Low battery voltage and both engines quit. Not a homebuilt, either.

    This is just one example of the teething problems a manufacturer faces when developing new stuff. More complex stuff has more failure modes and more chances of mismanagement of the airplane. In this case, the AFM wasn't followed and they took off with a battery not fully charged. To make it more idiot-proof, extra backup batteries had to be installed.
     
  6. brcase

    brcase Pattern Altitude

    Joined:
    Jun 11, 2008
    Messages:
    1,695
    Location:
    Boise, Idaho
    Display Name:

    Display name:
    Brian
    The really old Case DC was push forward on the throttle lever for more throttle, But didn't have a foot throttle and the throttle lever was mounted on the top of the transmission housing.
    The Case 350 and David Brown 1210 had the throttle lever mounted under the steering wheel and was pull for more thottle, was were the two model T's we had.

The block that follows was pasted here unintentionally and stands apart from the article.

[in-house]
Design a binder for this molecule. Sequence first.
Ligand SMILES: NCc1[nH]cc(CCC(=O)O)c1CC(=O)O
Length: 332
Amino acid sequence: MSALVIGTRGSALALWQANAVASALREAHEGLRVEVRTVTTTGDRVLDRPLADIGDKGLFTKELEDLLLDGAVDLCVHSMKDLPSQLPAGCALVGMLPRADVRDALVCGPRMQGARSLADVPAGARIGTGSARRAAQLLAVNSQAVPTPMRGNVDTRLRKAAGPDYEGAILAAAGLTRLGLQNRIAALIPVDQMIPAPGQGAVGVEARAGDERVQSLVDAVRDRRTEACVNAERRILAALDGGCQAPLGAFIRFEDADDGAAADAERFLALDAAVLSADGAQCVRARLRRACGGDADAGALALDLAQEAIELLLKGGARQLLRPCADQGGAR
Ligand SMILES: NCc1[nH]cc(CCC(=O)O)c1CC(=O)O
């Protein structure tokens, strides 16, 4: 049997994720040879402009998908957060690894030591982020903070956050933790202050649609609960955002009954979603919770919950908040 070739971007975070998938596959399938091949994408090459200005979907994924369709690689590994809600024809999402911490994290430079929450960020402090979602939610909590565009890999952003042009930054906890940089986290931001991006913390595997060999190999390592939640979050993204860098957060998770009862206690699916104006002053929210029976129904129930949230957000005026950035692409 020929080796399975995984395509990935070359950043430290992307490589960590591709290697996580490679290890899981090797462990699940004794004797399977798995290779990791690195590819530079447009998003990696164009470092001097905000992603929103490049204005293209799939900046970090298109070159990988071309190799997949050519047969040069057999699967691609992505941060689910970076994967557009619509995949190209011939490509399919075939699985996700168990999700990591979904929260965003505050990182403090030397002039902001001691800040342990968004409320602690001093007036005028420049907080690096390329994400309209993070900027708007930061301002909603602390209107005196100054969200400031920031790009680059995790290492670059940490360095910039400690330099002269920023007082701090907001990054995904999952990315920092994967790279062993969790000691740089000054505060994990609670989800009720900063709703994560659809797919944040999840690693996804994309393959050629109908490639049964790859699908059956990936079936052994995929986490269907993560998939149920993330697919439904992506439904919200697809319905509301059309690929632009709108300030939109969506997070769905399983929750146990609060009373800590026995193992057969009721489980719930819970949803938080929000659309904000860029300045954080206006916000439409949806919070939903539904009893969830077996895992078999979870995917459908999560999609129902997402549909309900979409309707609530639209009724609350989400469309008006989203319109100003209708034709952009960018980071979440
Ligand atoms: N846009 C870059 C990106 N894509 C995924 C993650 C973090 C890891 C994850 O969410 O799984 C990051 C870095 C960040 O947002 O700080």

Brian
     
  7. brcase

    brcase Pattern Altitude

    Joined:
    Jun 11, 2008
    Messages:
    1,695
    Location:
    Boise, Idaho
    Display Name:

    Display name:
    Brian
    I think a marketing is as much or more of an issue than the FAA. We pilot are used to having lots of control (Mixture, Prop, carb heat) or at least familiar controls, and are pretty resistant to change for the same reasons the FAA is. We don't readily change until something is proven to be better and/or cheaper.
    As mentioned Mooney got the PFM engine certified. I recall Lycoming offered a FADEC control for a some of their engines for a short time. I think Lycoming screwed up the marketing by not offering to significantly extend the warranty of it's engines using Fadec. Maybe FADEC doesn't really help with engine life? But it was significantly more expensive and didn't convince pilot/owners it was worth the extra cost.

    Brian
     
    mwagg737 likes this.
  8. smv

    smv Line Up and Wait

    Joined:
    Dec 30, 2019
    Messages:
    580
    Display Name:

    Display name:
    smv
    Gotta say I did not at all mind having full FADEC on the DA42. No Mixture, no Prop, no Synch, no wastegate management...